On 2011-03-06 20:36, Viench wrote:

    > So I assume that this means the program is running? How do I call it
    > back to the screen?


    fg

    --
    Cheers / Saludos,

    Carlos E. R.
    (from 11.2 x86_64 "Emerald" at Telcontar)

  5. #5

    Default Re: Putty and the command line

    New issue, when I try the "command-name < /dev/null > /dev/null 2>&1 &" now I get no output and nothing when I type "jobs".

    Any ideas?

    Also, I'd like to know more about the "< /dev/null > /dev/null 2>&1 &" commands. Would anyone care to tell me more about them or point me in the direction of some documentation?

  6. #6
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    Default Re: Putty and the command line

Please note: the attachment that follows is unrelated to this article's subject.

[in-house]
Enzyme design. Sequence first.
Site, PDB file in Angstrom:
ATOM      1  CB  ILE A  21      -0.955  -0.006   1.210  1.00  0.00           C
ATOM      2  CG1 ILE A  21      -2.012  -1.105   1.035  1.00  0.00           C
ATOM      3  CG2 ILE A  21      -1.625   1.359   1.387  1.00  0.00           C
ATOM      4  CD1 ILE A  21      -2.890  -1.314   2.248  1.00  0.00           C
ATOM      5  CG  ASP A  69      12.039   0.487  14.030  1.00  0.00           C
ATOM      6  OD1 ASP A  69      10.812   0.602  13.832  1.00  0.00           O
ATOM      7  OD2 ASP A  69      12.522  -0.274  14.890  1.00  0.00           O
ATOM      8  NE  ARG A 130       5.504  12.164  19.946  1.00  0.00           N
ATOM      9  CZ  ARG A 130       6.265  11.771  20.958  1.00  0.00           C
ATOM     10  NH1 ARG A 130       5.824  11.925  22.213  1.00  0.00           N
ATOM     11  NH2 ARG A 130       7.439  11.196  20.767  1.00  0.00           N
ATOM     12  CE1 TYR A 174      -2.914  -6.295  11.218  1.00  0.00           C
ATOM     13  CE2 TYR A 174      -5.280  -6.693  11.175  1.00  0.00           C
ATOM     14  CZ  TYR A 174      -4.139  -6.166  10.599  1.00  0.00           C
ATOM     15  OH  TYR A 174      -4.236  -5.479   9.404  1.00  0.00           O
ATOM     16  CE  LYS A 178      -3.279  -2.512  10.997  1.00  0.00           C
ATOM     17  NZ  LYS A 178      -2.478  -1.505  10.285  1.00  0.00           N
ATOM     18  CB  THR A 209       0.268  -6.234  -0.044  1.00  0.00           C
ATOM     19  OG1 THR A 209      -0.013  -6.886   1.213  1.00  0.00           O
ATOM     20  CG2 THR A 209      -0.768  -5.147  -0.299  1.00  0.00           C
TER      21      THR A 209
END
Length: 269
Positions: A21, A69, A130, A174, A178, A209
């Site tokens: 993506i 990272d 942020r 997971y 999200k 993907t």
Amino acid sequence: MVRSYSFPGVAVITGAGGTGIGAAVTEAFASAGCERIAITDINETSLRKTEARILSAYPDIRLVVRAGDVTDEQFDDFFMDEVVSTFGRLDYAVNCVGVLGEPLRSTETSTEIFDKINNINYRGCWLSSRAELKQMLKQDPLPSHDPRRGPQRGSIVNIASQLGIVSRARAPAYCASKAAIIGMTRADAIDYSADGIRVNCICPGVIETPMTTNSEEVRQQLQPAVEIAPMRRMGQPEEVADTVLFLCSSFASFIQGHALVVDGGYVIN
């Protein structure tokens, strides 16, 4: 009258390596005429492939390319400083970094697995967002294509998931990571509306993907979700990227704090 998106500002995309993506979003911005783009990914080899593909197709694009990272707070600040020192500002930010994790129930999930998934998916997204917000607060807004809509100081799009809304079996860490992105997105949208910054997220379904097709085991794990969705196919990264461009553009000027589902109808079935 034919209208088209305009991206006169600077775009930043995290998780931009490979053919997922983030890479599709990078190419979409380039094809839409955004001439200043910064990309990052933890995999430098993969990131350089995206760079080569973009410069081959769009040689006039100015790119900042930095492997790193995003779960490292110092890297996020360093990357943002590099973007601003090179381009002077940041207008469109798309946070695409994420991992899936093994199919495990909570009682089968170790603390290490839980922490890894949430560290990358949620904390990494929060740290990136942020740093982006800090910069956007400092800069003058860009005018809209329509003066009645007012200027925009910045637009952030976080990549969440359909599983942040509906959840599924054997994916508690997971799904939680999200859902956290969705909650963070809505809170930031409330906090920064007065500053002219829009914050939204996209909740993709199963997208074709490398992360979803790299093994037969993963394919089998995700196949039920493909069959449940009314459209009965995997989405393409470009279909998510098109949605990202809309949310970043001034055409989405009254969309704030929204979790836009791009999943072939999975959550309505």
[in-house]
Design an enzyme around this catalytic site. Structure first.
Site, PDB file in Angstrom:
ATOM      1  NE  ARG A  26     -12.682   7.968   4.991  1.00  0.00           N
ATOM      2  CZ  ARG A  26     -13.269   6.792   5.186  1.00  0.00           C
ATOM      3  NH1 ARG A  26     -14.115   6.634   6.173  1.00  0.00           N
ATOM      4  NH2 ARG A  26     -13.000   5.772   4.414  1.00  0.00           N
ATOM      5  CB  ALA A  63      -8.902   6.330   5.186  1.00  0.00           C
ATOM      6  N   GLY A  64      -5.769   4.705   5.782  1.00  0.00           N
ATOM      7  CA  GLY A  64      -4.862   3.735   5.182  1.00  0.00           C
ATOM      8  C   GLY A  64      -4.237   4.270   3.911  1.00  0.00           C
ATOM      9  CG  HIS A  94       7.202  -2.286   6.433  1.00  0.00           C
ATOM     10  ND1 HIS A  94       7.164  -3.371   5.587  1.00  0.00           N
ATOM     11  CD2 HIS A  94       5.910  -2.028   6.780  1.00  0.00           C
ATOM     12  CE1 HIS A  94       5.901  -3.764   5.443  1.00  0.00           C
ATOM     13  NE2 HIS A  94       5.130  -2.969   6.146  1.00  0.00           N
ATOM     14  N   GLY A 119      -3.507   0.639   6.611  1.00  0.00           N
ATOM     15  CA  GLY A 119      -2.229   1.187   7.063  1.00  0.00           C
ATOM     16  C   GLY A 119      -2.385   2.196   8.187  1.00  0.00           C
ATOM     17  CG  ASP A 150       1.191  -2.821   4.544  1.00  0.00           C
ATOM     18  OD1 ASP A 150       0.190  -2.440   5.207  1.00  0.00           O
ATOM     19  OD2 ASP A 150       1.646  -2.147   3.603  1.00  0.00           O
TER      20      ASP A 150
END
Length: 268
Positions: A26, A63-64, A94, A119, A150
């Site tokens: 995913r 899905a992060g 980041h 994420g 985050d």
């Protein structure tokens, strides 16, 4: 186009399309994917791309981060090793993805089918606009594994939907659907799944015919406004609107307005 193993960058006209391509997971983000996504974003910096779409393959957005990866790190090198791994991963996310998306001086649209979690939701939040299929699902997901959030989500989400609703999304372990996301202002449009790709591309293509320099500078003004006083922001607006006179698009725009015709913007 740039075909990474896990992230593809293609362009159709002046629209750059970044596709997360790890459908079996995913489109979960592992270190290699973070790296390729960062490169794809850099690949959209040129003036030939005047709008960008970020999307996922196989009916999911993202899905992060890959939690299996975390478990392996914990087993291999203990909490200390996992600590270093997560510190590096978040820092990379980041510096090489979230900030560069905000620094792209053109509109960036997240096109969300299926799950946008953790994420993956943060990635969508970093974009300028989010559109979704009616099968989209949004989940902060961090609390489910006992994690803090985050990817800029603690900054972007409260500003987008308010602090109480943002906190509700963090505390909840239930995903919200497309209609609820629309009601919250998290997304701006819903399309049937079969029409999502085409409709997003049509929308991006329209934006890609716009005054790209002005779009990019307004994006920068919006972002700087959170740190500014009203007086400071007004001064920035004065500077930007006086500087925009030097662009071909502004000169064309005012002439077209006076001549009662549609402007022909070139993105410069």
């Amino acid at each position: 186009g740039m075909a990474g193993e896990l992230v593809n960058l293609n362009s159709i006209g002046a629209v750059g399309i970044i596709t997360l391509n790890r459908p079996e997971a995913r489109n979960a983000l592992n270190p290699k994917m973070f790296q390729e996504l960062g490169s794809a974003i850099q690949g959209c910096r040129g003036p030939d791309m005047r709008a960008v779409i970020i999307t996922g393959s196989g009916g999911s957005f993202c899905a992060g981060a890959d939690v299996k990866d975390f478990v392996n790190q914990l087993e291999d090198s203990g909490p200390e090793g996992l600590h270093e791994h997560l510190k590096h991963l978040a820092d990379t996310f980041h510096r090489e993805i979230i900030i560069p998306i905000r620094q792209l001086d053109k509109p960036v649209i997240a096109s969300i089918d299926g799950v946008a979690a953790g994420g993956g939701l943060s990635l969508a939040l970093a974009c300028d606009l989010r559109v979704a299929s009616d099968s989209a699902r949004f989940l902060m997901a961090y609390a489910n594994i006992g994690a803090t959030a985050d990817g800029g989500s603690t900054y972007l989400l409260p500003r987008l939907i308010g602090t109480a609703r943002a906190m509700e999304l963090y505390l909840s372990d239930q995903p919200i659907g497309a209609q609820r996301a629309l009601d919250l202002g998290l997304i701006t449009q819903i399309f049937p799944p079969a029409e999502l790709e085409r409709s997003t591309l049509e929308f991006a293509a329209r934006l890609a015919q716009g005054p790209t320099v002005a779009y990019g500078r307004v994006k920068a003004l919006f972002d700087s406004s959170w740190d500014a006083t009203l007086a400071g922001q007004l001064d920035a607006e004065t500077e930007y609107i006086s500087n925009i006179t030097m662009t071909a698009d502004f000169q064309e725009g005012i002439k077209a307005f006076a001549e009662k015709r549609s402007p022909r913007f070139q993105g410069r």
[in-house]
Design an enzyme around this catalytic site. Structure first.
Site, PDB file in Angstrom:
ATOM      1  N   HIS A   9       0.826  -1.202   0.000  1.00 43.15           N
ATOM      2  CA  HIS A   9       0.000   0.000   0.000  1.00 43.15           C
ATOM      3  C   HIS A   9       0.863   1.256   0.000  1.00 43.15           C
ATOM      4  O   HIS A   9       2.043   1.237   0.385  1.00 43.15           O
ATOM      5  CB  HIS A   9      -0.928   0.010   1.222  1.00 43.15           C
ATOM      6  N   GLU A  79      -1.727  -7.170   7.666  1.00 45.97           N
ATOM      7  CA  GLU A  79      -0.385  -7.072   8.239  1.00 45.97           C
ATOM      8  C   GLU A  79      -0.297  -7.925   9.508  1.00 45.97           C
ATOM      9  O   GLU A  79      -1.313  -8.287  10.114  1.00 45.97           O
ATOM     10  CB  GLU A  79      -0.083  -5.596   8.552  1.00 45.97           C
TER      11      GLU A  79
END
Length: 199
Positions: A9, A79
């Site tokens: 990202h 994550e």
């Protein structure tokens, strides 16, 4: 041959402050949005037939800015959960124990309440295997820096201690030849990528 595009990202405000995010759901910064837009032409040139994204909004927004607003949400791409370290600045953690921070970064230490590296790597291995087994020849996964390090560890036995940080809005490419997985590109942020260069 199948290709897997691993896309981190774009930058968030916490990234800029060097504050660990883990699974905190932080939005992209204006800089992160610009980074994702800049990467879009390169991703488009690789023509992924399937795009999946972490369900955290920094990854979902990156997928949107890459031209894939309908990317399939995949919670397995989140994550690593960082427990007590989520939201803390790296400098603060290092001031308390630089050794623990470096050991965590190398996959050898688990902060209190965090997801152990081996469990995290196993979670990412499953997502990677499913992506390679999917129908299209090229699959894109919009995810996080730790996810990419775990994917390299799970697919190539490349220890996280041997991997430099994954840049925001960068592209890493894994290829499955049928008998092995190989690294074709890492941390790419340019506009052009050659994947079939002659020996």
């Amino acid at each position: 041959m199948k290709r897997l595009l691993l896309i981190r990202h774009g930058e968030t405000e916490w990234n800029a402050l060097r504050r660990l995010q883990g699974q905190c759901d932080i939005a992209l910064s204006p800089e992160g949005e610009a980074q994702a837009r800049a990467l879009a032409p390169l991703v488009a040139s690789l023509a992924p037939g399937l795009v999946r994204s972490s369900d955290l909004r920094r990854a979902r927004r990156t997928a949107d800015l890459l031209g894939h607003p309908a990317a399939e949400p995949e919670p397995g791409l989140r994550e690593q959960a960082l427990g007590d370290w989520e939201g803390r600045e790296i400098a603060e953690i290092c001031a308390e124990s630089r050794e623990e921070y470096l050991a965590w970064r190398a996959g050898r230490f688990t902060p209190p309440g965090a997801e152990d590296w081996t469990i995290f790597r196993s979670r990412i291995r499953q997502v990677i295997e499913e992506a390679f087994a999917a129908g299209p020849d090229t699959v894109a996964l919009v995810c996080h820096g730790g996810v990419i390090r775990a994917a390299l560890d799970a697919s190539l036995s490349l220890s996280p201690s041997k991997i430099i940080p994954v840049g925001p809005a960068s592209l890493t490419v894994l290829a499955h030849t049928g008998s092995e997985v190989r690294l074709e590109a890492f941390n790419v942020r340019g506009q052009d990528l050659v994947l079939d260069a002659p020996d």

On 2011-03-06 22:06, Viench wrote:

    > Also, I'd like to know more about the "< /dev/null > /dev/null 2>&1 &"
    > commands. Would anyone care to tell me more about them or point me in
    > the direction of some documentation?


    Pipes.
    Dustbin.

    --
    Cheers / Saludos,

    Carlos E. R.
    (from 11.2 x86_64 "Emerald" at Telcontar)

  7. #7
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    Default Re: Putty and the command line

    On 2011-03-06 18:06, Viench wrote:
    >
    > Hey, I'm new to openSUSE (Ubuntu user) and I have a few questions about
    > it.
    >
    > I installed openSUSE 11.3 without xwindows so that it boots directly
    > into the command line on my server. I can login fine with putty (ssh) to
    > change settings and manage files but I'd like to know a way to keep a
    > program running after the putty session closes.